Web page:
Matt LaPorta doesn't have an official description yet, as in Indians starting right or left fielder or regular first baseman.
Nothing wrong with that. LaPorta is a rookie with fewer than 40 big-league games on his resume. In most of those, he has played the outfield. But in two of three games against the Minnesota Twins this week, he has moved to first base.
‘‘He made a good pick (Monday night) at a big time in the game,’’ Indians manager Eric Wedge said. ‘‘I'd like to get him out there more. He's done a lot of work at first with (coach) Luis Rivera.’’
Until two weeks ago, Wedge was saying that La Porta would tackle first base at a later date, maybe next spring. That playing two outfield positions was enough for now.
But for some reason, the timetable changed. Maybe because there is no obvious successor to Ryan Garko, who was traded to the San Francisco Giants in July.
‘‘Potentially that could be Matt's position,’’ Wedge said. ‘‘It depends on the supporting cast. We have a lot of outfielders. First base is a place we still have to decide who's going to be there.’’
Fans probably think of LaPorta as someone who has been an outfielder first. Not so.
‘‘At college (U of Florida) in '07, I was the everyday first baseman,’’ LaPorta said. ‘‘I never played the outfield before I was drafted.’’
Yet in the minor leagues he has mostly played left and right, though he was aware that might change.
‘‘When I was in Milwaukee, they said I might play first, so I got a first baseman's glove,’’ LaPorta said. ‘‘But I never played there. They said the same thing when I came here. But I didn't play first until a couple of months ago.’’
LaPorta will gladly play either the outfield or first, whatever allows him to stay in the big leagues. But first base has its advantages.
‘‘I'm enjoying it now,’’ he said. ‘‘It's about being comfortable there. First is more of a skill position, being in the infield. So it's a little hard to get back to where I was a couple of years ago (in college). Plus up here, the game is as lot faster.’’
LaPorta enjoys first base for another reason: He has someone to talk to, even if they're opposing runners.
‘‘I like that part of the game,’’ he said. ‘‘I just chat with guys, ask, ‘How you doing?’ You don't have to know someone to ask how things are going.’’
LaPorta said he has no ulterior motive in talking to baserunners, like distracting them.
‘‘I don't play the game like that,’’ he said.
THE FAUSTO DILEMMA
Fausto Carmona will finish out the season in the Indians' rotation, but then what? Should he go to winter ball and pitch more innings or take a break from baseball entirely.
‘‘It's (winter ball) is something we're talking about,’’ Wedge said. ‘‘I don't think we're going to do anything in-between. It's going to be one way or the other. It's just been an odd year for Fausto.’’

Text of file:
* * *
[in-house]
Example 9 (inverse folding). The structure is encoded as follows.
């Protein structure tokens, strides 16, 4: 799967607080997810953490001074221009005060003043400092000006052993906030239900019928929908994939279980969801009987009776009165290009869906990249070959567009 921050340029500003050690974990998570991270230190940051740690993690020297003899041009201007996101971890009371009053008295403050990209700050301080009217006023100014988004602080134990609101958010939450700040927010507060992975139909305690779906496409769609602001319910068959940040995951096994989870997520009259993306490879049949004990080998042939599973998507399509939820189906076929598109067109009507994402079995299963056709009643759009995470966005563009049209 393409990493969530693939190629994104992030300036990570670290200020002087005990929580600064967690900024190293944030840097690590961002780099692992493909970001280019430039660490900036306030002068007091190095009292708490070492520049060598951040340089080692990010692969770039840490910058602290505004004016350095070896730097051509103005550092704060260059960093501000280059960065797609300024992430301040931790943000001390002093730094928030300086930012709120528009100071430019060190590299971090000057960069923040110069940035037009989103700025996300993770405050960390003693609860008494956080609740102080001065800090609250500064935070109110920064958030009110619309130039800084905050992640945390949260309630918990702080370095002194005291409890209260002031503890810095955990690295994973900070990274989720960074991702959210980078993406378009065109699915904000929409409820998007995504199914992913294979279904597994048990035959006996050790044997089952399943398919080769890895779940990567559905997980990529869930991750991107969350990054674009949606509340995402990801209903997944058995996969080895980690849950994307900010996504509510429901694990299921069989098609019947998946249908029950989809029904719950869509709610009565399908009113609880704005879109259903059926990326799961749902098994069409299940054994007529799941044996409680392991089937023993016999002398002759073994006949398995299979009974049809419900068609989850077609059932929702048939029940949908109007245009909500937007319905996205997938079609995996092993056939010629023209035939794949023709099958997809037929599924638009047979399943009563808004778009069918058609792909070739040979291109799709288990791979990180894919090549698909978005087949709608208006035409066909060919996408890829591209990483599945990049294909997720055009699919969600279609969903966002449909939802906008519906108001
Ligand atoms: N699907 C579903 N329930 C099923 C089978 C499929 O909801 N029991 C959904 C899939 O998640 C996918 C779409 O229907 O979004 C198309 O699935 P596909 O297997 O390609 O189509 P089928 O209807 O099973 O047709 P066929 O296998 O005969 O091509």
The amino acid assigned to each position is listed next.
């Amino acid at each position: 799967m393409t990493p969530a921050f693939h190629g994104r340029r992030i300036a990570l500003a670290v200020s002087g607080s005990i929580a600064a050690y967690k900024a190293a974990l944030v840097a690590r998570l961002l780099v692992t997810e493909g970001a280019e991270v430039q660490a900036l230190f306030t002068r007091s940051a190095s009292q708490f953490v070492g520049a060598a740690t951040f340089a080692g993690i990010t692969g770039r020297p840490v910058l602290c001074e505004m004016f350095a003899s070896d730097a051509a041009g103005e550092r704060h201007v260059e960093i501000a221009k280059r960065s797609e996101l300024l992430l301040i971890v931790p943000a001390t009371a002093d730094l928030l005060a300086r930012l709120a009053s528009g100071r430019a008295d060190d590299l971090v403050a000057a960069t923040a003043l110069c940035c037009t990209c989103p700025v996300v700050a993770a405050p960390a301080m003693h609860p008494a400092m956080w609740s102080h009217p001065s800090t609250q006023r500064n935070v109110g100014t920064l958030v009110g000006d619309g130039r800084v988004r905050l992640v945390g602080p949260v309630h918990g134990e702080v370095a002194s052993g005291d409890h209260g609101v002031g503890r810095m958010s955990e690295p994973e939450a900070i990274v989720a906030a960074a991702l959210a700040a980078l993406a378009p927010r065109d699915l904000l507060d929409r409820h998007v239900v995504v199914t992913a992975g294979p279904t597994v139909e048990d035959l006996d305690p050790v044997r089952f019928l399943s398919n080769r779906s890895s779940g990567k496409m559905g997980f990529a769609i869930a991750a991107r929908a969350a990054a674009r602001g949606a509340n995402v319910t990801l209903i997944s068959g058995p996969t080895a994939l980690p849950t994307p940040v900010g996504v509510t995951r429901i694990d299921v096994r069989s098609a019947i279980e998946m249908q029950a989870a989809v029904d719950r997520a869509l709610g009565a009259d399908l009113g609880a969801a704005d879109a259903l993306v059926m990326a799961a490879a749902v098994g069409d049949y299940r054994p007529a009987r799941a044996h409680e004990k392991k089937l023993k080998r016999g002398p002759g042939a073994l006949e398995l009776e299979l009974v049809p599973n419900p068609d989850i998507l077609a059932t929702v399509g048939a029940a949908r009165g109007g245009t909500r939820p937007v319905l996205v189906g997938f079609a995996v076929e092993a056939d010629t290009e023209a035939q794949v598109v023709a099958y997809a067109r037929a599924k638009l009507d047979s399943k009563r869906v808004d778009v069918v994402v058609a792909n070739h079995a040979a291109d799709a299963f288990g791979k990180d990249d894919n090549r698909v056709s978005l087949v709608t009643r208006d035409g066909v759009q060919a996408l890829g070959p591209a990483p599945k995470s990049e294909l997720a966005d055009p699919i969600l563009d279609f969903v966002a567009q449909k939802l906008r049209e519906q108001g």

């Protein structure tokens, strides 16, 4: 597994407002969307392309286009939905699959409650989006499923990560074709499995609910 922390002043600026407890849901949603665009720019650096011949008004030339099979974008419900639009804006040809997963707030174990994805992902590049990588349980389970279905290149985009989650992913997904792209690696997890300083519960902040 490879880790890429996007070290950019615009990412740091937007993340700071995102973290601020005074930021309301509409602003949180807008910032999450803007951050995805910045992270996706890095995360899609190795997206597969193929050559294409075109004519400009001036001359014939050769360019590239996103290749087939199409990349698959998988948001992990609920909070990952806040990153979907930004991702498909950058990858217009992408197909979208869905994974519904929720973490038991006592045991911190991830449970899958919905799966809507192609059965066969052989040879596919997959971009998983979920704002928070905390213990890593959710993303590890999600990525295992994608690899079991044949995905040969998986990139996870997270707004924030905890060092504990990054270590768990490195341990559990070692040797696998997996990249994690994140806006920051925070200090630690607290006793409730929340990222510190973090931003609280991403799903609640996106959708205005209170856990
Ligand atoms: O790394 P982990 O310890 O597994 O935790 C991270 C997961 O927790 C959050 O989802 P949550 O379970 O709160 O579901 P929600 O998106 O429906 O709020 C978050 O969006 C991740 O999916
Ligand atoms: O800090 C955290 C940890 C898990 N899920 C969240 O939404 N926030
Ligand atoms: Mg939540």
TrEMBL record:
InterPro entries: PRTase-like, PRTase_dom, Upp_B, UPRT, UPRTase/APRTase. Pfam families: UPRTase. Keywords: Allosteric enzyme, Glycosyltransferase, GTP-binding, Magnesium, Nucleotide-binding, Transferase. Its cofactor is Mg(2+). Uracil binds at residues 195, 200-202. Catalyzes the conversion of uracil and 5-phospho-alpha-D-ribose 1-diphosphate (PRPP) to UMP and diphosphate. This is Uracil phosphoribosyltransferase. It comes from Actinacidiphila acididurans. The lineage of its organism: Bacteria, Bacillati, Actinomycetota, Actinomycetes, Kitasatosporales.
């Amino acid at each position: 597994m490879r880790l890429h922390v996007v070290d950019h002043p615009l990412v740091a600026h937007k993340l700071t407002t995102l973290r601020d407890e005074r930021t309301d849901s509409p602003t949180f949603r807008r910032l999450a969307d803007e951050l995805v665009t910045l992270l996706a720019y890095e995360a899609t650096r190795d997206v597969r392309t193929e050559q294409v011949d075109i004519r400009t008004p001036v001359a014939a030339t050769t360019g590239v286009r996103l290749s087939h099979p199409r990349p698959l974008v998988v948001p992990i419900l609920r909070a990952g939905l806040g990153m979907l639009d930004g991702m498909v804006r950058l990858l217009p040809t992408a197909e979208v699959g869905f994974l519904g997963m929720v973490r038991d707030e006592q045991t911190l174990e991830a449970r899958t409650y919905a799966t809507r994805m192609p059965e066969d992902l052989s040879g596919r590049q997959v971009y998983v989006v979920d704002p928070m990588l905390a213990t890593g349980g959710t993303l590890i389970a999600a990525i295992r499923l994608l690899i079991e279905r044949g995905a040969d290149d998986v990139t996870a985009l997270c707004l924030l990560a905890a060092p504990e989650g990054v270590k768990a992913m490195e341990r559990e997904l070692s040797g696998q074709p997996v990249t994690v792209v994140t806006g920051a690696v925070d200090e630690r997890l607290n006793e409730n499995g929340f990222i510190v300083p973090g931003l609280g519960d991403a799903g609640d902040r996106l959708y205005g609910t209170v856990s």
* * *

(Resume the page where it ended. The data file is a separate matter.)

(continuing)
And a miserable one in which he is burdened with a 3-11 record and 6.58 ERA.
‘‘We're going to keep running him out there,’’ Wedge said. ‘‘We just hope he finds it, finds that zone where he can be consistent. He knows what he needs to do. It's just about command ` pounding the bottom of the zone.’’
It's also about Carmona's fragile psyche and staying focused when things go wrong on the field.
‘‘I think he's better than before,’’ Wedge said. ‘‘But that's an issue for him.’’
Asdrubal Cabrera fouled a ball of his knee in the ninth inning, tried to fight off the pain then went down on the turf and left the game.
He has a contusion but probably will have an X-ray before today's game in Oakland. He is listed as day-to-day, but it would be an upset if he played tonight.
SURGERIES R’ US
Grady Sizemore underwent successful surgery Wednesday in Philadelphia to reinforce the lower left side of his abdominal wall in a 20-minute procedure that included making a small incision.
Sizemore will be begin the rehabilitation process in Cleveland and resume his normal offseason workout regimen at his Arizona home in November.
Right-hander Jason Knapp also underwent a successful procedure to remove loose bodies from his right shoulder in New York on Wednesday. He is expected to be fully recovered by spring training.
Mahoning Valley kept its hopes for a New York-Penn League title alive with a 3-2 win over Staten Island to even the best-of-three final series at one game apiece. Marty Popham gave up two runs and four hits in five innings, and Chun-Hsiu Chen homered and singled, driving in a run. Argenis Martinez had two hits and one RBI.